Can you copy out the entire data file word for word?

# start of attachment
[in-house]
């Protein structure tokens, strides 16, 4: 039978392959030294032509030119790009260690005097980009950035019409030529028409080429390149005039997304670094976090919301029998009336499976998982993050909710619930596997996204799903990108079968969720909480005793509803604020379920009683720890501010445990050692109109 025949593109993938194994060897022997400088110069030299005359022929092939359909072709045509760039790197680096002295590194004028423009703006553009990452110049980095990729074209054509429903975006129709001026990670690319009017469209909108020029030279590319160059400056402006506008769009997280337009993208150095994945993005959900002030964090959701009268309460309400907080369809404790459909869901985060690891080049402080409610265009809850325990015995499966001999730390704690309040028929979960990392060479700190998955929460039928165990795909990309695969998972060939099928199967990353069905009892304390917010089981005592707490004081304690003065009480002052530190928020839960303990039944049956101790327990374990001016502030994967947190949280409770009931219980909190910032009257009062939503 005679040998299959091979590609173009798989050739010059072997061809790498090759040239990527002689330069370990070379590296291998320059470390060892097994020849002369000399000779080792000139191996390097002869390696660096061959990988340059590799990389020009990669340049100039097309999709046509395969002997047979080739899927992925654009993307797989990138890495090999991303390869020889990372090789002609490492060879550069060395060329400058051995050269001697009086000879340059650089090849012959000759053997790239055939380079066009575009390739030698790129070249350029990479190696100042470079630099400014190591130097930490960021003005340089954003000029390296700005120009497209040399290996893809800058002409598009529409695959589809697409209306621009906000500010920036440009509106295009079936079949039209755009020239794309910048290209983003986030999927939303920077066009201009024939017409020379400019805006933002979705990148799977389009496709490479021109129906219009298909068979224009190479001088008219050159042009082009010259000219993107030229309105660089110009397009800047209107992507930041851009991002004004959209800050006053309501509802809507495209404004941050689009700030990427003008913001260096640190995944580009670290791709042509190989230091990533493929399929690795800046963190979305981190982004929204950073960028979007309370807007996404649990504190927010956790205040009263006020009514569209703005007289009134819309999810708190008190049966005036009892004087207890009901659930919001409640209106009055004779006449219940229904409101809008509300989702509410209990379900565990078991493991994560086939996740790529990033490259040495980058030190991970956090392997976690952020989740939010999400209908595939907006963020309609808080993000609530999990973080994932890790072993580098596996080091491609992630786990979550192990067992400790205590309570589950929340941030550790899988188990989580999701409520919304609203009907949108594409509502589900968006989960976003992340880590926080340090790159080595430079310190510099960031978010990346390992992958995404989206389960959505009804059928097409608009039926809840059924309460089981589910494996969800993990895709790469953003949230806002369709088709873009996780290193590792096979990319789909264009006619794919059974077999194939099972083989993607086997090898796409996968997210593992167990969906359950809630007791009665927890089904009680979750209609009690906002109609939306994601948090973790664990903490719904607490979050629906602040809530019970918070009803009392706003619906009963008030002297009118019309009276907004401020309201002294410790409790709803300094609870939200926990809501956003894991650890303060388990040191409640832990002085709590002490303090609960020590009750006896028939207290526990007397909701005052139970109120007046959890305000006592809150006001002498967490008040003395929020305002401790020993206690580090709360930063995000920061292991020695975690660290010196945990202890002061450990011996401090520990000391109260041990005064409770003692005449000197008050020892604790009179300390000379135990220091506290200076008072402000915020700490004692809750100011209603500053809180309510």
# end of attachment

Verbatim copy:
[in-house]
């Protein structure tokens, strides 16, 4: 039978392959030294032509030119790009260690005097980009950035019409030529028409080429390149005039997304670094976090919301029998009336499976998982993050909710619930596997996204799903990108079968969720909480005793509803604020379920009683720890501010445990050692109109 025949593109993938194994060897022997400088110069030299005359022929092939359909072709045509760039790197680096002295590194004028423009703006553009990452110049980095990729074209054509429903975006129709001026990670690319009017469209909108020029030279590319160059400056402006506008769009997280337009993208150095994945993005959900002030964090959701009268309460309400907080369809404790459909869901985060690891080049402080409610265009809850325990015995499966001999730390704690309040028929979960990392060479700190998955929460039928165990795909990309695969998972060939099928199967990353069905009892304390917010089981005592707490004081304690003065009480002052530190928020839960303990039944049956101790327990374990001016502030994967947190949280409770009931219980909190910032009257009062939503 005679040998299959091979590609173009798989050739010059072997061809790498090759040239990527002689330069370990070379590296291998320059470390060892097994020849002369000399000779080792000139191996390097002869390696660096061959990988340059590799990389020009990669340049100039097309999709046509395969002997047979080739899927992925654009993307797989990138890495090999991303390869020889990372090789002609490492060879550069060395060329400058051995050269001697009086000879340059650089090849012959000759053997790239055939380079066009575009390739030698790129070249350029990479190696100042470079630099400014190591130097930490960021003005340089954003000029390296700005120009497209040399290996893809800058002409598009529409695959589809697409209306621009906000500010920036440009509106295009079936079949039209755009020239794309910048290209983003986030999927939303920077066009201009024939017409020379400019805006933002979705990148799977389009496709490479021109129906219009298909068979224009190479001088008219050159042009082009010259000219993107030229309105660089110009397009800047209107992507930041851009991002004004959209800050006053309501509802809507495209404004941050689009700030990427003008913001260096640190995944580009670290791709042509190989230091990533493929399929690795800046963190979305981190982004929204950073960028979007309370807007996404649990504190927010956790205040009263006020009514569209703005007289009134819309999810708190008190049966005036009892004087207890009901659930919001409640209106009055004779006449219940229904409101809008509300989702509410209990379900565990078991493991994560086939996740790529990033490259040495980058030190991970956090392997976690952020989740939010999400209908595939907006963020309609808080993000609530999990973080994932890790072993580098596996080091491609992630786990979550192990067992400790205590309570589950929340941030550790899988188990989580999701409520919304609203009907949108594409509502589900968006989960976003992340880590926080340090790159080595430079310190510099960031978010990346390992992958995404989206389960959505009804059928097409608009039926809840059924309460089981589910494996969800993990895709790469953003949230806002369709088709873009996780290193590792096979990319789909264009006619794919059974077999194939099972083989993607086997090898796409996968997210593992167990969906359950809630007791009665927890089904009680979750209609009690906002109609939306994601948090973790664990903490719904607490979050629906602040809530019970918070009803009392706003619906009963008030002297009118019309009276907004401020309201002294410790409790709803300094609870939200926990809501956003894991650890303060388990040191409640832990002085709590002490303090609960020590009750006896028939207290526990007397909701005052139970109120007046959890305000006592809150006001002498967490008040003395929020305002401790020993206690580090709360930063995000920061292991020695975690660290010196945990202890002061450990011996401090520990000391109260041990005064409770003692005449000197008050020892604790009179300390000379135990220091506290200076008072402000915020700490004692809750100011209603500053809180309510």